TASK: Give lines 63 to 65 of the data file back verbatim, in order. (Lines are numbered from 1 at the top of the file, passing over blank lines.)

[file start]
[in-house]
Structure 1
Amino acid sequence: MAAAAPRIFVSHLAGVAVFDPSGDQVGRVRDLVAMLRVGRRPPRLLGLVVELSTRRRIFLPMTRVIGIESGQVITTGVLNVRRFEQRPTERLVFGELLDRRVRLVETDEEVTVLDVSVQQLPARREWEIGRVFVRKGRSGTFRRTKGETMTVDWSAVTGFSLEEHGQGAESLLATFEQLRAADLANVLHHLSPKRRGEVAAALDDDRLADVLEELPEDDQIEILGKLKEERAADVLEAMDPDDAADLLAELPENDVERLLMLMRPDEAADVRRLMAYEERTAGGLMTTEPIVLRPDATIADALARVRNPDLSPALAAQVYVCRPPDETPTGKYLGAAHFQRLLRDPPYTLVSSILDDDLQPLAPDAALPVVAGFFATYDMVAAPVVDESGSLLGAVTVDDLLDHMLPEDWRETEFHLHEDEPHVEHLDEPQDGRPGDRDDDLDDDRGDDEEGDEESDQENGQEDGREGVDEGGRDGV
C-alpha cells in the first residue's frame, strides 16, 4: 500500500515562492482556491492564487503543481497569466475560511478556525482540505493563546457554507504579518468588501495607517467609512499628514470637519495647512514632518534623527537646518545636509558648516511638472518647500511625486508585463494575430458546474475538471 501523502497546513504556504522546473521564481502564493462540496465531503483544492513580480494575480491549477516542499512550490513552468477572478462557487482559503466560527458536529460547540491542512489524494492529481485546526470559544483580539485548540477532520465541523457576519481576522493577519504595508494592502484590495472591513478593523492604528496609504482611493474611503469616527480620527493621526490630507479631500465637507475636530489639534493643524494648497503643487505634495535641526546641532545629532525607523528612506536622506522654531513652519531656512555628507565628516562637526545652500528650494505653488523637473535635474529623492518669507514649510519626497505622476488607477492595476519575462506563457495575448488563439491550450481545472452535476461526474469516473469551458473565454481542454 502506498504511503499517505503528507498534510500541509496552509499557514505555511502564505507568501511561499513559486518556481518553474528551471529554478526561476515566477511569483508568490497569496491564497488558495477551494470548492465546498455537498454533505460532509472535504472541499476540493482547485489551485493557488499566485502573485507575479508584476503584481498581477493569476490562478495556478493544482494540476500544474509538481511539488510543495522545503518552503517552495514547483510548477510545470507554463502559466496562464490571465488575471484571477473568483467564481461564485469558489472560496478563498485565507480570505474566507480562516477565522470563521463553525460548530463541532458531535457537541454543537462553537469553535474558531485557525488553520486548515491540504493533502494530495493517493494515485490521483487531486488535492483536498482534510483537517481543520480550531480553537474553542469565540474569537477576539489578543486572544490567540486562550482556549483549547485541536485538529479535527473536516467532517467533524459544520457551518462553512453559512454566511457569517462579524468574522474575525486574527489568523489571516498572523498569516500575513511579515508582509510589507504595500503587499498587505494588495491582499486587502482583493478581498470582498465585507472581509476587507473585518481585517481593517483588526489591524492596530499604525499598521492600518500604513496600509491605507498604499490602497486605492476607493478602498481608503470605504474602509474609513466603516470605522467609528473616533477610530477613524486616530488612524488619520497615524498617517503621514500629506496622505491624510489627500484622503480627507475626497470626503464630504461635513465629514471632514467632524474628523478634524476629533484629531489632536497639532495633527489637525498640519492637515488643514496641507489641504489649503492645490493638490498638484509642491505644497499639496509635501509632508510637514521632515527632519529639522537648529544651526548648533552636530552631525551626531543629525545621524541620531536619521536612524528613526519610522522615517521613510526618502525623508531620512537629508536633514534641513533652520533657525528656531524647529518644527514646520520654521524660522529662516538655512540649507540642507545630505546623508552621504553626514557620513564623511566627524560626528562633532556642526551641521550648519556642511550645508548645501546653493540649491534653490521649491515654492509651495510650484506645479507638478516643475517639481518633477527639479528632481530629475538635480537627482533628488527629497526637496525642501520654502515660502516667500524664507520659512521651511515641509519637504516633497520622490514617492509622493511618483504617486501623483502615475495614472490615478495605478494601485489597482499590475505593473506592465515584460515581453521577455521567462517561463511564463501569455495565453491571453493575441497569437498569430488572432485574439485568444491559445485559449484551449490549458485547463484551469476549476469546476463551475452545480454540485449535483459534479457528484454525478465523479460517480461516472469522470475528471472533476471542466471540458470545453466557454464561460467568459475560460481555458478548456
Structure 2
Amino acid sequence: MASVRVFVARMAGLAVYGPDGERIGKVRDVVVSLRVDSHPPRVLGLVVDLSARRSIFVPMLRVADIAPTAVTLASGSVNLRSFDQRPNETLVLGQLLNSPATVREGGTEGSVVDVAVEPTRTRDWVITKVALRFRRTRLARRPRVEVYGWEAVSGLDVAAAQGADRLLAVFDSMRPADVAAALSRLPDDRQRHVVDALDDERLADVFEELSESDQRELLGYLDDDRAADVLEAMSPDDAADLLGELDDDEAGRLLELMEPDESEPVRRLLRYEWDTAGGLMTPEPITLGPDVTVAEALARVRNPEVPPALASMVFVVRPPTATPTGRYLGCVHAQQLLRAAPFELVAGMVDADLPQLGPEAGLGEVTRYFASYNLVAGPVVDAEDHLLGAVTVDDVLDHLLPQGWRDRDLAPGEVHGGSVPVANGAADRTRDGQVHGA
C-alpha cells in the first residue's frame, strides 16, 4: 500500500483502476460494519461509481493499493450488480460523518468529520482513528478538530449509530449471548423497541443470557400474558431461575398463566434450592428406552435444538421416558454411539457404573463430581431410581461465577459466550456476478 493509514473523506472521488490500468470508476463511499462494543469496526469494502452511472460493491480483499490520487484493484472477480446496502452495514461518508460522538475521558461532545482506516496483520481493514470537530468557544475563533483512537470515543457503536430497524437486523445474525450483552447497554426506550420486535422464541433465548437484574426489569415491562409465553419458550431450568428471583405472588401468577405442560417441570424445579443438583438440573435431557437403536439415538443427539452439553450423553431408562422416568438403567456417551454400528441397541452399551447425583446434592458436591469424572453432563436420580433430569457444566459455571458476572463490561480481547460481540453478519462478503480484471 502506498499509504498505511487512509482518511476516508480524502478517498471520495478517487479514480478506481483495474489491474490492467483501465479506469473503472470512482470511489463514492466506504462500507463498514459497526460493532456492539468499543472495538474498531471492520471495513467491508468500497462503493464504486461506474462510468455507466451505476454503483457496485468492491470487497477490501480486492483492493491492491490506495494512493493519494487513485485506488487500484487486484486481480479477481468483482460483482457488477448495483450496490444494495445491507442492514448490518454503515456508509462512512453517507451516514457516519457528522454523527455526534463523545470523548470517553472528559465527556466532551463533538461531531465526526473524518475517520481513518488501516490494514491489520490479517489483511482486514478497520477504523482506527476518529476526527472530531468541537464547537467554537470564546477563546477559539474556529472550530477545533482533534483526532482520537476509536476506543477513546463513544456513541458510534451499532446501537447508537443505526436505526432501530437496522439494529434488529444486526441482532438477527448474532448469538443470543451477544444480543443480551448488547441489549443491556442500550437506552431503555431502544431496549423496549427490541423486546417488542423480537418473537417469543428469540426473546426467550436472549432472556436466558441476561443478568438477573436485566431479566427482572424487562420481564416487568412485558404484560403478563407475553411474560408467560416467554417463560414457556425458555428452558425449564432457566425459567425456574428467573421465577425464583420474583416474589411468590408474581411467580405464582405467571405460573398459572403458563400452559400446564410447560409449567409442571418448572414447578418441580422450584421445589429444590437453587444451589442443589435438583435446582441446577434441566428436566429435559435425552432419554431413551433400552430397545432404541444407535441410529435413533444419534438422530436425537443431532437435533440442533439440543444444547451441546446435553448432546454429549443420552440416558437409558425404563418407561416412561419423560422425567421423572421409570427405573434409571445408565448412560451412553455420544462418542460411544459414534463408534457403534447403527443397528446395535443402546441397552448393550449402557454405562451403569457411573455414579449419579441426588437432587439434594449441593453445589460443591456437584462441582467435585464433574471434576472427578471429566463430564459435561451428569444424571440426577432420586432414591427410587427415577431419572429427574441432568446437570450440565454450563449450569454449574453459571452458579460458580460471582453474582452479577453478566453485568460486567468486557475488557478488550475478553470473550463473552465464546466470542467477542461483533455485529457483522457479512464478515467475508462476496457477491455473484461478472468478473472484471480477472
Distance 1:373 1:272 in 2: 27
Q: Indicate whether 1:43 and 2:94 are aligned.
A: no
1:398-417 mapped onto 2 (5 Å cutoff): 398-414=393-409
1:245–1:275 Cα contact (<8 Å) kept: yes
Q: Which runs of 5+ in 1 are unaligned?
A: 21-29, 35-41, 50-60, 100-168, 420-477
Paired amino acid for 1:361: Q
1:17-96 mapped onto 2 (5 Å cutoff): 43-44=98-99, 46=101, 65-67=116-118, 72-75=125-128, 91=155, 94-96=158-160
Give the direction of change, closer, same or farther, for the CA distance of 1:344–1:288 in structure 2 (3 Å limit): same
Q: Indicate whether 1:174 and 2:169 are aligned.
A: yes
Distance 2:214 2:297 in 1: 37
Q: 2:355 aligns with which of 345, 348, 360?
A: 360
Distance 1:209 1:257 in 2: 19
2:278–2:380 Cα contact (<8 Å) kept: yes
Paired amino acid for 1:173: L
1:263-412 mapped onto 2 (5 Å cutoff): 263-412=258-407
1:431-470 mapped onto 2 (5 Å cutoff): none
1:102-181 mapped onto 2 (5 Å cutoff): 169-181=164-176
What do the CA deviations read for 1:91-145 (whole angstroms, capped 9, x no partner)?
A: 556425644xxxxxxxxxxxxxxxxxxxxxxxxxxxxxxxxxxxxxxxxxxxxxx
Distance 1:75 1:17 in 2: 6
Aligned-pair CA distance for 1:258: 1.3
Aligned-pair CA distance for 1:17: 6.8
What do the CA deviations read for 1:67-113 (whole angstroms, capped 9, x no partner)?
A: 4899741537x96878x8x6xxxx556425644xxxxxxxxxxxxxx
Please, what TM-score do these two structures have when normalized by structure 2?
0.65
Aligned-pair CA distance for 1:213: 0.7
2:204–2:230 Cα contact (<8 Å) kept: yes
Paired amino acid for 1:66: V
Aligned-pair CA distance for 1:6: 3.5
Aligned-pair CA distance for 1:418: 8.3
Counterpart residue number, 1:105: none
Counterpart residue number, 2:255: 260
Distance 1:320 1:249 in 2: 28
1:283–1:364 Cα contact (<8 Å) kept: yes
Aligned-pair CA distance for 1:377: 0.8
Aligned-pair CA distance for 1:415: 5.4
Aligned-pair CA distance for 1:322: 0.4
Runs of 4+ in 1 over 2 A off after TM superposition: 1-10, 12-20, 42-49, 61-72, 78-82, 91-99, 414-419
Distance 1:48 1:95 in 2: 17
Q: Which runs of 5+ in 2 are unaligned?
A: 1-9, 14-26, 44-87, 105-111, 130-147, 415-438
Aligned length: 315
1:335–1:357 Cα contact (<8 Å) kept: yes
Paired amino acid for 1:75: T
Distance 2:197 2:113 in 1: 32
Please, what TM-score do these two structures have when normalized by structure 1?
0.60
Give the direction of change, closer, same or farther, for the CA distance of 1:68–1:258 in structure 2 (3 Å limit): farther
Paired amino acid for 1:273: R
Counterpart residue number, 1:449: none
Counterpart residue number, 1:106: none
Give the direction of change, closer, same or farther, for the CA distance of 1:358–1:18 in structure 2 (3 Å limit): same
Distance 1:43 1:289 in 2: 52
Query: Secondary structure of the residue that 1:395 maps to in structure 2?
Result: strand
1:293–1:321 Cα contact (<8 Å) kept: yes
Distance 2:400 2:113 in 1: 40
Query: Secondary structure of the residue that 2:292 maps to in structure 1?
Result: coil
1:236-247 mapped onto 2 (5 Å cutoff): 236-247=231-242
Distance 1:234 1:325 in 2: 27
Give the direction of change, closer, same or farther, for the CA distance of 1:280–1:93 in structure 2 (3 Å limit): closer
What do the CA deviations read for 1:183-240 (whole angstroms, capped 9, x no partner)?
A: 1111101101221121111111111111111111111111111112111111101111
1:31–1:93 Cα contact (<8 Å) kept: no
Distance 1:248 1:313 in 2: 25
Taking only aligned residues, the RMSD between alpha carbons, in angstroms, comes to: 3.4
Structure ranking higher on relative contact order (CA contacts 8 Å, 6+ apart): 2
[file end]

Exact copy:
Counterpart residue number, 1:106: none
Give the direction of change, closer, same or farther, for the CA distance of 1:358–1:18 in structure 2 (3 Å limit): same
Distance 1:43 1:289 in 2: 52